If you live in the north, be sure to get ten minutes of sunlight every day on your exposed skin, or take a algae-based vitamin D supplement each day.

Finally, having healthy gut flora is another important factor to your general well-being, and eliminating dairy could restrict the proliferation of beneficial gut bacteria if you rely on animal milk yogurt. Having uncooked fermented foods such as sauerkraut, kim chi, coconut or soy or nut yogurt, water kefir, or kombucha every day should do the trick, but it may be wise to keep a probiotic at hand just in case. Also eat plenty of prebiotic foods that feed the probiotics in your system: onions, garlic, bananas, asparagus, apples, greens, and cabbage are all good choices.

How to Make the Transition to a?

Becoming vegan may seem very difficult at first, but it really doesn't need to be. The most important thing is to begin slowly. This is not a race, and you'll get there eventually.

Think about all the plant-based foods you like and have them more often. Be creative with your cooking and try to find healthy plant-based meals to incorporate in your plant-based diet meal plan. With veganism being so widespread, many restaurants have delicious vegan meals. So, next time you eat out, have a vegan meal and see how you like it. In the end, the process may turn out to be much more enjoyable than you thought!

Lunch for vegan diet and balanced nutrition

DOs and DON'Ts of Veganism: A Quick Summary

By now, you should have a good grasp of how to successfully switch to a vegan diet plan with little effort. To sum things up, here is a list of dos and don'ts you should keep in mind:

  • DO make sure to have enough foods containing protein and healthy fats in your diet.
  • DO have enough leafy greens.
  • DO take care of your gut flora by eating probiotic and prebiotic foods.
  • DO take a B12 supplement and perhaps a heme iron supplement as well.
  • DON'T go over the top on vegan junk foods: sodas, fries, crisps, and many other junk foods are technically vegan, but that doesn't mean you should over-indulge.
  • DON'T eat too many soy and soy-based or seitan-based vegan “meats.” They are overly processed foods best saved for recreational purposes or when eating out. (Impossible Burger, anyone?) Rely on foods that look like they were just harvested or picked with little processing.
  • DON'T shame others for not being vegan. With a positive approach, you'll do much more to disperse prejudices about veganism, and maybe you'll encourage others to give it a try!
  • DON'T force yourself to eat things that disgust you. If spinach seems too slimy, give lightly cooked kale a try.

Adopting a vegan diet is a journey, and it easily could be an enjoyable one. You should take things at your own pace and get comfortable with the changes you're making. It is a good thing that you're doing, and eventually you'll get there. Good luck!

Bird's eye view of vegan food

Why People Go Vegan

More people are looking to “go vegan” every day and, given its description as a healthy, cruelty-free and eco-friendly diet and lifestyle, it may even seem like a logical next step in the evolution of humanity. Let's take a look at some of the main reasons for making the switch to the vegan lifestyle.

1. It's Healthy

There are many potential health benefits to adopting the vegan lifestyle. For instance, there are studies indicating that adopting a plant-based diet plan lowers your risk of cardiovascular disease and cancer, as well as all-cause mortality, effectively prolonging your lifespan.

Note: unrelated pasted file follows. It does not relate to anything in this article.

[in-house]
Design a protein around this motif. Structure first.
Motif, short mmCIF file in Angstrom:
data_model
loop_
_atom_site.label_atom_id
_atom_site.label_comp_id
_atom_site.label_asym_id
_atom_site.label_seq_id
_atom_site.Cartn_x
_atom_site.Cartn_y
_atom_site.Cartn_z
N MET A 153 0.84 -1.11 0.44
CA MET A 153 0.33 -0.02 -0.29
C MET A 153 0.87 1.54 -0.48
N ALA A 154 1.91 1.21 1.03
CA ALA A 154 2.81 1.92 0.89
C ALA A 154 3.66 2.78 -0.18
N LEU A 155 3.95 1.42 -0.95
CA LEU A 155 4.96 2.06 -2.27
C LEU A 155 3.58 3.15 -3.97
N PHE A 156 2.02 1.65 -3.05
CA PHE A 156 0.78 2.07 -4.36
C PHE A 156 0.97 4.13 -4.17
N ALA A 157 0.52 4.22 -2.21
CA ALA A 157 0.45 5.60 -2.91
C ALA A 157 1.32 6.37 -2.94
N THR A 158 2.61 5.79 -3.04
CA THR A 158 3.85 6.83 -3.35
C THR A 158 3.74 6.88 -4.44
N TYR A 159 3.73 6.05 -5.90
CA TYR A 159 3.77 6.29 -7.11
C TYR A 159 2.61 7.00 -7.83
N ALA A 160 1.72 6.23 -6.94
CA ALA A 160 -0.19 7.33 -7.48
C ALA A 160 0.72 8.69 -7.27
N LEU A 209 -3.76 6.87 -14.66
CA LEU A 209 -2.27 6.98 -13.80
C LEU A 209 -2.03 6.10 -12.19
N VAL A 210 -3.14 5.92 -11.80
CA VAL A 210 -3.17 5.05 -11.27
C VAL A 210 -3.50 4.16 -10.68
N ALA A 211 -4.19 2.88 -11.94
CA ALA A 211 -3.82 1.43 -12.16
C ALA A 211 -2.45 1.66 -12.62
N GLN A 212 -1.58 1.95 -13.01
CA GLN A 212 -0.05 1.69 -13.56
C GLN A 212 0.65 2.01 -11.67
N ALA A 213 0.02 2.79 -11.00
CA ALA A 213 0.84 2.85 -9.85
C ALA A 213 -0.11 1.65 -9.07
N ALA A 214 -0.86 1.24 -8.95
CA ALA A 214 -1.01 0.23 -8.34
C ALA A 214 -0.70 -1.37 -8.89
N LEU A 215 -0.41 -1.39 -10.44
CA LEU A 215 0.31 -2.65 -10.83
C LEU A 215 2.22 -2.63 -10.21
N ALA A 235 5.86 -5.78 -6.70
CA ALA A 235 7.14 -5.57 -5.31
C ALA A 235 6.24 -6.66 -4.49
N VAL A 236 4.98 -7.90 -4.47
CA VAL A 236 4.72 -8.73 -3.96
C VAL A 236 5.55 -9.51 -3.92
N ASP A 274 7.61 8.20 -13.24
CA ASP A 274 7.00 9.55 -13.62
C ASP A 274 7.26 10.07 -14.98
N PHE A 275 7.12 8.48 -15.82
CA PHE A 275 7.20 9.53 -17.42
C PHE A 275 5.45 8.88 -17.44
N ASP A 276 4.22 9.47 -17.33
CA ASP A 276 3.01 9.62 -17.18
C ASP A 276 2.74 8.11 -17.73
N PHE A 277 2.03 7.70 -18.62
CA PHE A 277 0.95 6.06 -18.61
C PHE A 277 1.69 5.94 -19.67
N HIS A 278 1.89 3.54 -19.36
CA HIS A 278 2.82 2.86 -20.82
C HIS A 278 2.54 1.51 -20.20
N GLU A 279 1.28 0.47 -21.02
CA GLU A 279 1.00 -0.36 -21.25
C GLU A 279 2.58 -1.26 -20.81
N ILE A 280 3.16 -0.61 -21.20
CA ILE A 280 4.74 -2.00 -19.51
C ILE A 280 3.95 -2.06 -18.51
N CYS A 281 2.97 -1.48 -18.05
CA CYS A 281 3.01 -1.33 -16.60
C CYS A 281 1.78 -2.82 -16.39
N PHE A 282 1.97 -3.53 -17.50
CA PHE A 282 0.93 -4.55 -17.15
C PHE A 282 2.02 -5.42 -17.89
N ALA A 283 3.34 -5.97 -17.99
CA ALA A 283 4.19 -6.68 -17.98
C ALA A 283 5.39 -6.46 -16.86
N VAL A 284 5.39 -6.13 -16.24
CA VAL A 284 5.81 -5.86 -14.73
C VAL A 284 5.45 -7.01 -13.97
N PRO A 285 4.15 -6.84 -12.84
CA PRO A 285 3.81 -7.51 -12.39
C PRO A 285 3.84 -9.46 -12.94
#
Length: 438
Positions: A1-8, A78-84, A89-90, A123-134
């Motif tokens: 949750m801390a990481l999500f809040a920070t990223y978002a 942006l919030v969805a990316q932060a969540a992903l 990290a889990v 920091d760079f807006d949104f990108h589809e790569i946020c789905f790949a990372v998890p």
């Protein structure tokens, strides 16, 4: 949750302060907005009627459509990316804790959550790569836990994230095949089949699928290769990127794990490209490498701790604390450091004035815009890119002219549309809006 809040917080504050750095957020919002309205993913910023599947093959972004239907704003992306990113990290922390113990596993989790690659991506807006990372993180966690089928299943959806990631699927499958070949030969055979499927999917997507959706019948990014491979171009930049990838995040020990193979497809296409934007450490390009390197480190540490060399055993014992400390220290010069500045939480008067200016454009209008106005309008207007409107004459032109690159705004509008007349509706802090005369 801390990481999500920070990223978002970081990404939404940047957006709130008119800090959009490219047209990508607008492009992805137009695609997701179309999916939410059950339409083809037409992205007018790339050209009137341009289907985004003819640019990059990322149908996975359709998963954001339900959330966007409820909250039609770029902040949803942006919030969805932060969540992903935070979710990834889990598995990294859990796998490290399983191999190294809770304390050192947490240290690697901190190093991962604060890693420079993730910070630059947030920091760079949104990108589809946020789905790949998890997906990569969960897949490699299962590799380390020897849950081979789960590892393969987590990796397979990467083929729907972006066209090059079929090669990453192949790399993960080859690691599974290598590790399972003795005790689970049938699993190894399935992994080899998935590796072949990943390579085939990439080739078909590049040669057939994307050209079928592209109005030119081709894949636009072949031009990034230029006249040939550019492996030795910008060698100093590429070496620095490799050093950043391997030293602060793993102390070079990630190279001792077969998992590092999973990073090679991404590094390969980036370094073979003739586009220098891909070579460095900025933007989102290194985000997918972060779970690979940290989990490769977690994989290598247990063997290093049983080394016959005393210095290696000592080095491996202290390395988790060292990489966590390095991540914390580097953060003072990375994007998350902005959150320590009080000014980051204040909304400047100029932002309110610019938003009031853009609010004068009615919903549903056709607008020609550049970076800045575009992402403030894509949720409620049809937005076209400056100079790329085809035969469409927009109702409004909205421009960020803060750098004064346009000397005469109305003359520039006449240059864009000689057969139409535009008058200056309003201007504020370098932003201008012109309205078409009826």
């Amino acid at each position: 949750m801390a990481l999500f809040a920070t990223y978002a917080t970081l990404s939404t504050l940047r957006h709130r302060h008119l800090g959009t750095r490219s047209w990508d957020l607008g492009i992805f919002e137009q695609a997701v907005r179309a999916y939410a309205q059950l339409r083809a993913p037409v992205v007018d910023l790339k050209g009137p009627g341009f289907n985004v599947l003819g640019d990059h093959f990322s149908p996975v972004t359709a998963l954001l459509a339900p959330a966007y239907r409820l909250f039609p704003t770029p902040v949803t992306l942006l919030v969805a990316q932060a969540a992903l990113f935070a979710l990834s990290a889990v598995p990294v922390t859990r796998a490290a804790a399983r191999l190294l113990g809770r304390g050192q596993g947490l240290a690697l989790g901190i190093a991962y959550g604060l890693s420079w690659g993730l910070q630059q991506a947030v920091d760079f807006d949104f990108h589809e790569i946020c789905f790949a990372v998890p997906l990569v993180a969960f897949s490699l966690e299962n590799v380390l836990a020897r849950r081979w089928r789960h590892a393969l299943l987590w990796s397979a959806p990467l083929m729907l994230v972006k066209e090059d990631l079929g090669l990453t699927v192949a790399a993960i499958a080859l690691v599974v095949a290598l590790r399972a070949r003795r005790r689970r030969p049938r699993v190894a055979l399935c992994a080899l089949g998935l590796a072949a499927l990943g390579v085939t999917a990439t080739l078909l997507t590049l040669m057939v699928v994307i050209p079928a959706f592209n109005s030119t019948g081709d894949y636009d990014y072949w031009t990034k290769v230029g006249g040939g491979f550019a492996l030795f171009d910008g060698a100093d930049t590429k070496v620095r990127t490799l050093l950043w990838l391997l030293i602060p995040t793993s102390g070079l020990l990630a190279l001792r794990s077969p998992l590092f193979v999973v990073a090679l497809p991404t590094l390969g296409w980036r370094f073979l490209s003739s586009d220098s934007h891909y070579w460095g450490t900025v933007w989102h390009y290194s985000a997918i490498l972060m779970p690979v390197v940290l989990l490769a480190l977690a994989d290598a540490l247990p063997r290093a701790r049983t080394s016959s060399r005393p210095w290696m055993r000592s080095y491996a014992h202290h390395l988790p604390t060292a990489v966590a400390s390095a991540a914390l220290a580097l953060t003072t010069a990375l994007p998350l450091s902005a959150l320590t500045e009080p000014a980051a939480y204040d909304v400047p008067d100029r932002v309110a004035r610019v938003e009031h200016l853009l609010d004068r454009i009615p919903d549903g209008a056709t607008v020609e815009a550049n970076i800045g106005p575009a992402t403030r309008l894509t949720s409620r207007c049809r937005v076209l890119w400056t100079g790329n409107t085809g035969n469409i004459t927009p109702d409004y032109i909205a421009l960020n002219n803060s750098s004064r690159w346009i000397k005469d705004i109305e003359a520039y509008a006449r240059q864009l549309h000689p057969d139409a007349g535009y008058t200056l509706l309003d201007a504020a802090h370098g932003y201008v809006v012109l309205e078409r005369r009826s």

Others have shown that they may prove especially beneficial for managing Type-2 diabetes. Becoming vegan also implies that you'll avoid ingesting potentially harmful hormones and antibiotics found in commercially available animal products such as meat and milk.

Finally, it helps keep your Body Mass Index (BMI) down, as other studies have shown as well.

2. It's Eco-Friendly

Animal farming is more resource- and water-intensive. It also makes up 65% of nitrous oxide emissions, 35–40% of methane emissions, and 9% of carbon dioxide emissions worldwide—the three main gases responsible for the greenhouse effect and subsequently global warming. With that in mind, you'll be doing your planet a favor by opting for plant-based foods and cutting down on the demand for animal-based ones as a result.

3. It's Cruelty-Free

Vegans believe that no living thing should be exploited or killed for food or materials, especially when alternatives are available. In addition, the conditions in which commercial animals are kept is far from humane.

For instance, chickens have their beaks clipped or removed without anesthesia to prevent pecking each other, tiny male chicks are ground alive or smothered en masse because they don’t produce eggs, cows are killed for meat at an early age (four to six years old, while they could have a life span of 15-20 years) when their milk production slows, male calves are separated from their mothers and sold for veal, pigs are kept inside on cement in cramped quarters instead of frolicking on grass and rolling in the mud, and the list goes on.

As a result, these animals spend their whole lives in physical and psychological trauma, living in tiny constricted spaces. Going vegan is a clear sign of protest against this form of factory-farming animal agri-business.

Even if you are not entirely interested in becoming vegan, cutting down on meat and dairy products can be a great way to lose weight and reduce certain health risks. Adding more vegan protein sources and vegan calcium sources can provide the nutrition you need.

Now that you know more about the vegan diet, we hope you will give it a try if only for one day a week or try it for a month and see how you feel. You will also want to show off your healthier body in our men’s meggings. Shop for the latest designs and styles of meggings in our online store today! You may also email us at hello@matadormeggings.com or reach us via Facebook Messenger for further assistance.